In 1990, the town council and especially the mayor began expanding the spa business and it took on increasing importance. In addition, after German reunification, there were several Heiligenstadts in Germany. Initially the government declined to rename the town Heilbad Heiligenstadt because of a lack of evidence that it was a spa, but the town lodged an appeal and used the one and a half years before an official visit and the relative lack of oversight immediately after reunification to create spa facilities and integrate the word Heilbad into official usage. Permission for the renaming was then granted since the town was evidently a spa and using that name.
Culture and sights
- Eichsfeld Kulturhaus
- Theodor Storm Literary Museum
- Eichsfeld Heimatmuseum (local history collection)
- Heiligenstadt (Ost) Station Museum
- The Borderland Museum Eichsfeld is located a few miles outside the city of Heiligenstadt and deals with the inner-German border and the history of the GDR
Buildings and monuments
- Mainz Schloss, seat of the administrator for Eichsfeld when it was a dominion of the Archbishopric of Mainz
- Klausmühle (1748 Fachwerk mill on the site of the birthplace of Tilman Riemenschneider)
- Einheitsdenkmal German Unity Monument in front of the town administration building, 2009
Churches and chapels
- St. Aegidius, also known as the Neustädter Kirche (new-town church): begun in the 13th century
- St. Mary's, also known as the Altstädter Kirche (old-town church), Liebfrauenkirche (Our Lady's) and Propsteikirche (abbey church): a 14th-century monastic foundation which replaced a 13th-century Romanesque building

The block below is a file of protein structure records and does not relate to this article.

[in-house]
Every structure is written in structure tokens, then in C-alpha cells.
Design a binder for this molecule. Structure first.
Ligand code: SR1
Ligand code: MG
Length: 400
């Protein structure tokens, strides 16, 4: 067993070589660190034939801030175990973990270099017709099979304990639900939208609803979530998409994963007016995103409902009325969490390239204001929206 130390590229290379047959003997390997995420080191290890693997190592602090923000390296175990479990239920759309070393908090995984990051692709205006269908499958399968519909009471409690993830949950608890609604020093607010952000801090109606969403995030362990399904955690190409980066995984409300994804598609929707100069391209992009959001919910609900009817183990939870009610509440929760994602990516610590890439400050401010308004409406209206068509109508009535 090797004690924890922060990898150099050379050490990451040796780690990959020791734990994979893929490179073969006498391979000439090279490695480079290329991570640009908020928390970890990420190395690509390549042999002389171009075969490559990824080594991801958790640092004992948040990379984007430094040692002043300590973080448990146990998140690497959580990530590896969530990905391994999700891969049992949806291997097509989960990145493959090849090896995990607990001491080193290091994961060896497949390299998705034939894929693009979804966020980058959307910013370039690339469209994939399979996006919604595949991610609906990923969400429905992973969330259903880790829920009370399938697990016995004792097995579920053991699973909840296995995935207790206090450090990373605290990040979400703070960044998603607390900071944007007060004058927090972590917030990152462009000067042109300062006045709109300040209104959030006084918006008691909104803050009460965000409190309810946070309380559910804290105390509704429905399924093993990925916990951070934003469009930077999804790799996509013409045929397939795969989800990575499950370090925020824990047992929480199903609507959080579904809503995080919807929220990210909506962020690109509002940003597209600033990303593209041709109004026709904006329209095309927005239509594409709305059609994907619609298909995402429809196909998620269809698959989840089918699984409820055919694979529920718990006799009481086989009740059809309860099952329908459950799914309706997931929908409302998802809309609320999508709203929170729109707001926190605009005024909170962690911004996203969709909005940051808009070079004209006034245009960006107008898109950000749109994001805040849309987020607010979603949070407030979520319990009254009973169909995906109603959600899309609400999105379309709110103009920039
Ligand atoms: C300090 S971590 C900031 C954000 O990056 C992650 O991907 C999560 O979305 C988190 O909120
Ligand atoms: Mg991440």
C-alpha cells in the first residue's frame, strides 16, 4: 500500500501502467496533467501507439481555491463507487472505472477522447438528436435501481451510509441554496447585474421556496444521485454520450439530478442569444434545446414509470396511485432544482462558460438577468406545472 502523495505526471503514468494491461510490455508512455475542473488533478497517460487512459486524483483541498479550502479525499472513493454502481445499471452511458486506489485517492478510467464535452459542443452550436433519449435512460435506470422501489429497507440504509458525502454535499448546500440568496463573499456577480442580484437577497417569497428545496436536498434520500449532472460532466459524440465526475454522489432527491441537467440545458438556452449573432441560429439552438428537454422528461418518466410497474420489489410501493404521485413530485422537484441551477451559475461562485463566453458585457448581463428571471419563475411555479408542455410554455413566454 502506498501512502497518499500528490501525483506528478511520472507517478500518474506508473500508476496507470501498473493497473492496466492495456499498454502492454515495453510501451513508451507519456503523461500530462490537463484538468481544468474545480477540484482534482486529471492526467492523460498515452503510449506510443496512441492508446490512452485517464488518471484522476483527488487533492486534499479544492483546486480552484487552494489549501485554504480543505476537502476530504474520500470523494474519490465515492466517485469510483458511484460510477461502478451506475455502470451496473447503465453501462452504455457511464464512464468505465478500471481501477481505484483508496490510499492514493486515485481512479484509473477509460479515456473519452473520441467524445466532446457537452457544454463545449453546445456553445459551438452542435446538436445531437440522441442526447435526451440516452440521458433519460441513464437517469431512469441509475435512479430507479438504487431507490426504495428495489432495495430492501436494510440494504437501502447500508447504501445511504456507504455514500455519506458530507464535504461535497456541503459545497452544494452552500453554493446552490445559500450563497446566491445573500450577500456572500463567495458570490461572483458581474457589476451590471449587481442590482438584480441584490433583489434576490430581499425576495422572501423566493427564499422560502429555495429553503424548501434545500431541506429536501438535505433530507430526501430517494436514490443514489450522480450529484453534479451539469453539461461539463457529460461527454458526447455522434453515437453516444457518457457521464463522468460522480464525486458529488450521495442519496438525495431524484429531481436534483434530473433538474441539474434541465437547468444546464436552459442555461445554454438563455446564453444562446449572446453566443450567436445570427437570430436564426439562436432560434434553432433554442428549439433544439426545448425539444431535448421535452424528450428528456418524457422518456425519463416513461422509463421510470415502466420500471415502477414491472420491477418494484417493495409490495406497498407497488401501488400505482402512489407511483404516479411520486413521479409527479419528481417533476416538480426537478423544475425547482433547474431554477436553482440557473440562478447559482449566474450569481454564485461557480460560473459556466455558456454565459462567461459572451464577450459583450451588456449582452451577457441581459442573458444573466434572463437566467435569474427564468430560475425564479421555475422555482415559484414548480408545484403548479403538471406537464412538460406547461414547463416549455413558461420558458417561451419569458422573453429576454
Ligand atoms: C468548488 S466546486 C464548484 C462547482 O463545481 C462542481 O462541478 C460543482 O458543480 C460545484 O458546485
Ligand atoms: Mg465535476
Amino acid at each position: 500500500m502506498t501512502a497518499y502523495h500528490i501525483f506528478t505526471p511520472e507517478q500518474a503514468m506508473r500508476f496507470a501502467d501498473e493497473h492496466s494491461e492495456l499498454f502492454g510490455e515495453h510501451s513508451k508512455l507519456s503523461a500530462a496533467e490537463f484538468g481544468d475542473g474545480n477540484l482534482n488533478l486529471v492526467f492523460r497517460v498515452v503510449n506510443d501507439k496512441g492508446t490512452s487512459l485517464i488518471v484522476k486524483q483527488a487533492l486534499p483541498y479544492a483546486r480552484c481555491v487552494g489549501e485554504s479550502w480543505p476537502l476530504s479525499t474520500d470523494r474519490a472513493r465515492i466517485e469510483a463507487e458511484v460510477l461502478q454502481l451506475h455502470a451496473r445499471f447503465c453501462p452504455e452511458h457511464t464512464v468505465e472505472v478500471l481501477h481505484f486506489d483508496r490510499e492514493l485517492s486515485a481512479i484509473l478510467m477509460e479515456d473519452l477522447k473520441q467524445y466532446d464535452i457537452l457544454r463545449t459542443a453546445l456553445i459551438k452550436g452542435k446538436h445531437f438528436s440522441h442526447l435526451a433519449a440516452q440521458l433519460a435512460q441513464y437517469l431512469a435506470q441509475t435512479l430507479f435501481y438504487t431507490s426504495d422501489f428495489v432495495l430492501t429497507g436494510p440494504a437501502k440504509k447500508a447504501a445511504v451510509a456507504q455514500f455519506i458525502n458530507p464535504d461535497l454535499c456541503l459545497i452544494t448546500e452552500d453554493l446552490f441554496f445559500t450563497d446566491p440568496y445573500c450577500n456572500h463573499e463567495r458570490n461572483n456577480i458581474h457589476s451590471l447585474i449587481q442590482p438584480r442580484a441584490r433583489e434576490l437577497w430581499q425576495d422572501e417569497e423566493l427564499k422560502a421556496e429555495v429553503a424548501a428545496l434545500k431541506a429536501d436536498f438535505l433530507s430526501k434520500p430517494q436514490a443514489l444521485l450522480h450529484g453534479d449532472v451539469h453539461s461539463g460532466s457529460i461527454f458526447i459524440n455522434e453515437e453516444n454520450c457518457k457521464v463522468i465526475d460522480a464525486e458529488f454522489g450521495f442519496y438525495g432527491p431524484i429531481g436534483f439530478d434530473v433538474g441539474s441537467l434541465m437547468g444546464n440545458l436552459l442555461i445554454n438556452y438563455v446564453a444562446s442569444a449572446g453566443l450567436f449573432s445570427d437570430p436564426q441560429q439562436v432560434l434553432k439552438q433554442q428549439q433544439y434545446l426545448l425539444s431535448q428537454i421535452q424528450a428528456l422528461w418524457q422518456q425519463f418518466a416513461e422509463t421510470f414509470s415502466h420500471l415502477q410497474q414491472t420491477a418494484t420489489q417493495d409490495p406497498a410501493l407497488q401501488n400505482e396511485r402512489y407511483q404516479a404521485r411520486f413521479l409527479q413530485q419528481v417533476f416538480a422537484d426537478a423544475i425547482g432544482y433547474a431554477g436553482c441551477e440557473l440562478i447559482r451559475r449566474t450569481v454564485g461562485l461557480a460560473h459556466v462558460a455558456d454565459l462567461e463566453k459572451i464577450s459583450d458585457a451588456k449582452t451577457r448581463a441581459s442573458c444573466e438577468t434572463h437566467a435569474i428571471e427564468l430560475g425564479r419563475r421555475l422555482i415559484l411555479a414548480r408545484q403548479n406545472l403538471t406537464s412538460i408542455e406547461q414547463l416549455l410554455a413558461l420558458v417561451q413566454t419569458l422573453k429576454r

- St. Anne's chapel, possibly built as an ossuary, facing the north portico of St. Mary's
- St. Martin's, also known as the Bergkirche (mountain church)
- Monastery of the Congregation of the Most Holy Redeemer and St. Gerhard's church, also known as the Paterkloster
- St. Nicholas', also known as the Klausbergkirche
- Convent of the Sisters of Mary Magdalene Postel, with convent church and school church
- The Jewish cemetery in Ibergstraße was last used for burial in 1940. The deportation of six Jewish residents to Theresienstadt concentration camp in September 1942 put an end to a Jewish community in the town which was first mentioned in writing in 1212 and which had built a synagogue and their own school in the 19th century.